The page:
Even if you don’t think you’re at the point of being able to write, it can help to create a separate document or folder for each project you’re planning to write in the future. As you go about your business and hear about relevant papers or new discoveries, you can put citations or pdfs into a folder or even write notes into a document. When you do finally sit down to write, instead of staring at a blank page, you may find that you already have an outline, or at least several leads to get started.

Putting aside my reading list and getting straight into writing helped me make progress on my dissertation chapters and focus my efforts on finding the sources that I needed most for my research.

Do you think writing is the best way to read? What are your experiences? Leave your comments below!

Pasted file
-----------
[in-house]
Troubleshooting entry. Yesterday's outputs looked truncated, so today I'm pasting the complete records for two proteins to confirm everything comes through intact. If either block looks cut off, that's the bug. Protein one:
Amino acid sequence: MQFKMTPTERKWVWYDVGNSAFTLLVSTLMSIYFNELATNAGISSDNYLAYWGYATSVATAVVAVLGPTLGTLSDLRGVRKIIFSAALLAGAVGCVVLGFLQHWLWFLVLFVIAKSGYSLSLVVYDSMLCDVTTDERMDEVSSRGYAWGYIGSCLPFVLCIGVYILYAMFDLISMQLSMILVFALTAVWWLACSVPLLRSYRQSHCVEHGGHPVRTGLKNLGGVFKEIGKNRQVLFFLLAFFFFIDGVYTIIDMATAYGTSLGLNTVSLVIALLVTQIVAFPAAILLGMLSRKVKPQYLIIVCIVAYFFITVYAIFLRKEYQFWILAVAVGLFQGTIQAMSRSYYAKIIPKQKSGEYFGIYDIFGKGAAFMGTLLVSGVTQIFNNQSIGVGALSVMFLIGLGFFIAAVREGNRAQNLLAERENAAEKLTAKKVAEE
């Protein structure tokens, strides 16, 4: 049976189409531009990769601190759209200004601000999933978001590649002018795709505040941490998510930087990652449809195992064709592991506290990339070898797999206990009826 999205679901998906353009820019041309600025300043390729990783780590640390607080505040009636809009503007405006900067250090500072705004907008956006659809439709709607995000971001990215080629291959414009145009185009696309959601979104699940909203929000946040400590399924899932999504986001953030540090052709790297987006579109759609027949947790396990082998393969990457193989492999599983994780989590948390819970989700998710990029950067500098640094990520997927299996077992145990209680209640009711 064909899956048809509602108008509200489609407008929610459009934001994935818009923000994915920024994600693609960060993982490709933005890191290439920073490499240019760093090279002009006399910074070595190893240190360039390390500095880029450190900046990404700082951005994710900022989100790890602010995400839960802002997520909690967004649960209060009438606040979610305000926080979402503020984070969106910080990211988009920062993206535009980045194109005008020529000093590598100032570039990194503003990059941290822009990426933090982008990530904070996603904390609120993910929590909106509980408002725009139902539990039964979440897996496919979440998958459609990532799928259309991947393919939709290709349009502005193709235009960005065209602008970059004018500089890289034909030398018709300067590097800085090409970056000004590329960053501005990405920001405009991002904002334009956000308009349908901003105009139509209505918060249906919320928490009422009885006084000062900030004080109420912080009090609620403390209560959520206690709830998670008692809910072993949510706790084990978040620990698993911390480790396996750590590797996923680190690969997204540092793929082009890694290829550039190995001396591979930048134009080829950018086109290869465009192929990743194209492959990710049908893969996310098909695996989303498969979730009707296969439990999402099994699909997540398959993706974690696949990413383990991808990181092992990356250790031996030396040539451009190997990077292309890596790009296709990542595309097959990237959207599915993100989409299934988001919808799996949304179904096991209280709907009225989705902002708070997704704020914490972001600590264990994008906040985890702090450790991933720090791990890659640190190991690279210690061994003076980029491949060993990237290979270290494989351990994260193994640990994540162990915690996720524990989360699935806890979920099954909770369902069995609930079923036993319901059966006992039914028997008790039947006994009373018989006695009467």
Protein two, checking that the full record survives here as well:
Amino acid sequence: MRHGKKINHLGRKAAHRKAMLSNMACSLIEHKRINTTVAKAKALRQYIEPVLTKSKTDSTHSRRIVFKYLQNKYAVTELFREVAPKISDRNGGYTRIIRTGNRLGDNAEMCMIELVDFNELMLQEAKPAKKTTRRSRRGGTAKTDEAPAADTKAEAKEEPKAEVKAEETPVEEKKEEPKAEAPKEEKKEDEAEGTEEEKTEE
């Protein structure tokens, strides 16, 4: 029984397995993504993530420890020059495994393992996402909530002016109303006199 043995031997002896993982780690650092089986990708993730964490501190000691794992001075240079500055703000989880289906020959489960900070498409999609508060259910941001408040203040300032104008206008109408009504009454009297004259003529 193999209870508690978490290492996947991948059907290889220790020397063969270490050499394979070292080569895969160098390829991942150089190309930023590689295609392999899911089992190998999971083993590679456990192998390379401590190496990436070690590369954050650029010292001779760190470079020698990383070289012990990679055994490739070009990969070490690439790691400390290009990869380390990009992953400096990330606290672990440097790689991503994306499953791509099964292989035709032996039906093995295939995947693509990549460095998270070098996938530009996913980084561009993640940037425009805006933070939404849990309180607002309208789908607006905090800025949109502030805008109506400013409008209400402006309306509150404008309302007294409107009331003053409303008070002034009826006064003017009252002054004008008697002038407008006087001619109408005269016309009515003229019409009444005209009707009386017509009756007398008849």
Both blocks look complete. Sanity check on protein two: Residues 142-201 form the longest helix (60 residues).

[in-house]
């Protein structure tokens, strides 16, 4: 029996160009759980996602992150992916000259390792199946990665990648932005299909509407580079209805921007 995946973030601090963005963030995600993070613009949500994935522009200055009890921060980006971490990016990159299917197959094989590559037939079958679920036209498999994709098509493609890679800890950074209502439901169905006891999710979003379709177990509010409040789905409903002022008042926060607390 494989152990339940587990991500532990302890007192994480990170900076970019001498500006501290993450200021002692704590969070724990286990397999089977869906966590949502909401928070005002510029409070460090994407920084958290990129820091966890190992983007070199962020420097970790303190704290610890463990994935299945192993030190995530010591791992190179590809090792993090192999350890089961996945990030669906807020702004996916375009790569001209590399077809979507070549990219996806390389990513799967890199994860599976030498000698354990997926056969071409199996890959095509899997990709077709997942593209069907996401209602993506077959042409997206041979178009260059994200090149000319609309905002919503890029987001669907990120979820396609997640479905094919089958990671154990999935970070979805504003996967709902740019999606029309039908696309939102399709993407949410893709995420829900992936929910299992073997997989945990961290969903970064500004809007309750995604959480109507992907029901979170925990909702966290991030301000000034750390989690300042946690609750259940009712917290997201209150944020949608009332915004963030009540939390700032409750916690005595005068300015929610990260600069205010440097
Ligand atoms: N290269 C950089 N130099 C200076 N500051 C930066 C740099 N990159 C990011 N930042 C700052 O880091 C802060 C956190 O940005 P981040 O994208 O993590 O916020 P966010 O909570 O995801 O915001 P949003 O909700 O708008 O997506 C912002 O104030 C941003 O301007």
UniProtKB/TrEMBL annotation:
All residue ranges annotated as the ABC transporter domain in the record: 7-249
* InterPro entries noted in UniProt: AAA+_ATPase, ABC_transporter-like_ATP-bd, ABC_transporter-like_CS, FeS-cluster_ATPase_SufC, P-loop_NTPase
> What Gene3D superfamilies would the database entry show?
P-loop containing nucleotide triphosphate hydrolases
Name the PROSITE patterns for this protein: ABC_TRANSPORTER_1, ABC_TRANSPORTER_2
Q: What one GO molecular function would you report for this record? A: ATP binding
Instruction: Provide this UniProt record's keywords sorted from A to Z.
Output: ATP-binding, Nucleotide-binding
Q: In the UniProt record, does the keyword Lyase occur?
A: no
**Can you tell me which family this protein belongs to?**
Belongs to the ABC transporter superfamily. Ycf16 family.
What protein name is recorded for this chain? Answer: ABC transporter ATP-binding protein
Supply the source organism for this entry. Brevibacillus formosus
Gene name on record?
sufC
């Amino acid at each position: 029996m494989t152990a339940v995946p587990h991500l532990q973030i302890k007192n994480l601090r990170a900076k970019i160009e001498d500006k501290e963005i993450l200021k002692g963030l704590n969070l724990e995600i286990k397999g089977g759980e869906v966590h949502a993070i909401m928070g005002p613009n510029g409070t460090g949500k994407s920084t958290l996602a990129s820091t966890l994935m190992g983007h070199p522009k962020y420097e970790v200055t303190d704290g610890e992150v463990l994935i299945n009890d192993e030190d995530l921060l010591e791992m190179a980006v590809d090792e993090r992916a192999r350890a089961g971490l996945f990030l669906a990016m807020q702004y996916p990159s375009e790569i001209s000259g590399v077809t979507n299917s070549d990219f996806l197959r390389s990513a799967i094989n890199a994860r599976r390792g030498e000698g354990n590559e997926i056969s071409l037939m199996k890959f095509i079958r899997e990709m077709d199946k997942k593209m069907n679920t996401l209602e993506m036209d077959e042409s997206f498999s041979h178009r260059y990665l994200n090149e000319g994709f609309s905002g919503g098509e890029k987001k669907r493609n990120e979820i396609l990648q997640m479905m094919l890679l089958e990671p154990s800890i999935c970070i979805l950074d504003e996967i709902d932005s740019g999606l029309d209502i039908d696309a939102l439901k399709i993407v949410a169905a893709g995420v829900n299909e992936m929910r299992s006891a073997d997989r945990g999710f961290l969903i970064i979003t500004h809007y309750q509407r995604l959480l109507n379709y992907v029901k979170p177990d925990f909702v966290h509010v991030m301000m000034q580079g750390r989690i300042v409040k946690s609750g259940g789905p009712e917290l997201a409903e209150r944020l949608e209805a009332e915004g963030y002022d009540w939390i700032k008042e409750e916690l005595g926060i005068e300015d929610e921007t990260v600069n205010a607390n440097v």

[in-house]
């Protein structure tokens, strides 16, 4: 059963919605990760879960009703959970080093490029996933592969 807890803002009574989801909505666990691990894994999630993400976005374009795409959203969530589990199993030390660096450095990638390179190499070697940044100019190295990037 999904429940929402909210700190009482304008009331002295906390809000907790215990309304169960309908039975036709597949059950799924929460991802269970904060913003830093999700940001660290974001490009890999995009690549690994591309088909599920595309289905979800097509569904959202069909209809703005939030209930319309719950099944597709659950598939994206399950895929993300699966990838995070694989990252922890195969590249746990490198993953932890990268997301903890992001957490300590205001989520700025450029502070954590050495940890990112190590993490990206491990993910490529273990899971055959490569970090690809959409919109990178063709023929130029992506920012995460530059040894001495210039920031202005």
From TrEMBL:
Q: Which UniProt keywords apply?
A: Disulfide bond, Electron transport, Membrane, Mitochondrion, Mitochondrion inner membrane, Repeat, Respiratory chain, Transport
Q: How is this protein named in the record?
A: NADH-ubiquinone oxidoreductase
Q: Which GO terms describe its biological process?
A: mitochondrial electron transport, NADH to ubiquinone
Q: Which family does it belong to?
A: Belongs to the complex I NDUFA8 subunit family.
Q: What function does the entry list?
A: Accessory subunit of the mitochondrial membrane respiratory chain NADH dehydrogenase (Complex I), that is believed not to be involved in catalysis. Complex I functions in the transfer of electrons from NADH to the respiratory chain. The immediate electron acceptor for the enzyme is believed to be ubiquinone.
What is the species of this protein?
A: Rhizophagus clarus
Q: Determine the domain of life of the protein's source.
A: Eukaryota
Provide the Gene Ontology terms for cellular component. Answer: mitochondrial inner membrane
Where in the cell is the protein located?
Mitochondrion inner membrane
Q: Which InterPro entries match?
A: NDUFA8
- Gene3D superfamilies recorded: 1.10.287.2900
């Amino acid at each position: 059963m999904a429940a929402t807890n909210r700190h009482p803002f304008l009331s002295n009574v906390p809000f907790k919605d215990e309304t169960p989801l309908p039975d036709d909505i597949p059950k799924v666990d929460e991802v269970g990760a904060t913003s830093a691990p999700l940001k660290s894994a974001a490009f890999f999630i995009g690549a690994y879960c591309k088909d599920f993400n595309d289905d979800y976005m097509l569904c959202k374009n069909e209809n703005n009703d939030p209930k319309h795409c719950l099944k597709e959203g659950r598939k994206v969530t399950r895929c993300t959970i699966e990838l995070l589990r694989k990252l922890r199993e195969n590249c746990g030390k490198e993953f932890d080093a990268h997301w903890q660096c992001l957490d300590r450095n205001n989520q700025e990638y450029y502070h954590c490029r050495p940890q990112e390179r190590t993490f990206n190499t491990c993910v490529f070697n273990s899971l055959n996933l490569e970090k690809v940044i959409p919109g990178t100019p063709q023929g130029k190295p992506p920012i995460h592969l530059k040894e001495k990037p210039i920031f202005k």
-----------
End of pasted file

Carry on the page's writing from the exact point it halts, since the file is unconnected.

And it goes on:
More reading on the Relationship between reading and writing:

Graham, Steve, and Michael Hebert. “Writing to read: A meta-analysis of the impact of writing and writing instruction on reading.” Harvard Educational Review 81, no. 4 (2011): 710-744. https://doi.org/10.17763/haer.81.4.t2k0m13756113566

Greene, Stuart. “Mining texts in reading to write.” Journal of Advanced Composition (1992): 151-170. https://www.jstor.org/stable/20865834

Greene, Stuart. “The role of task in the development of academic thinking through reading and writing in a college history course.” Research in the Teaching of English (1993): 46-75. https://www.jstor.org/stable/40171212

Stotsky, Sandra. “The role of writing in developmental reading.” Journal of Reading 25, no. 4 (1982): 330-340. : https://www.jstor.org/stable/40030382

[Photo taken by author.]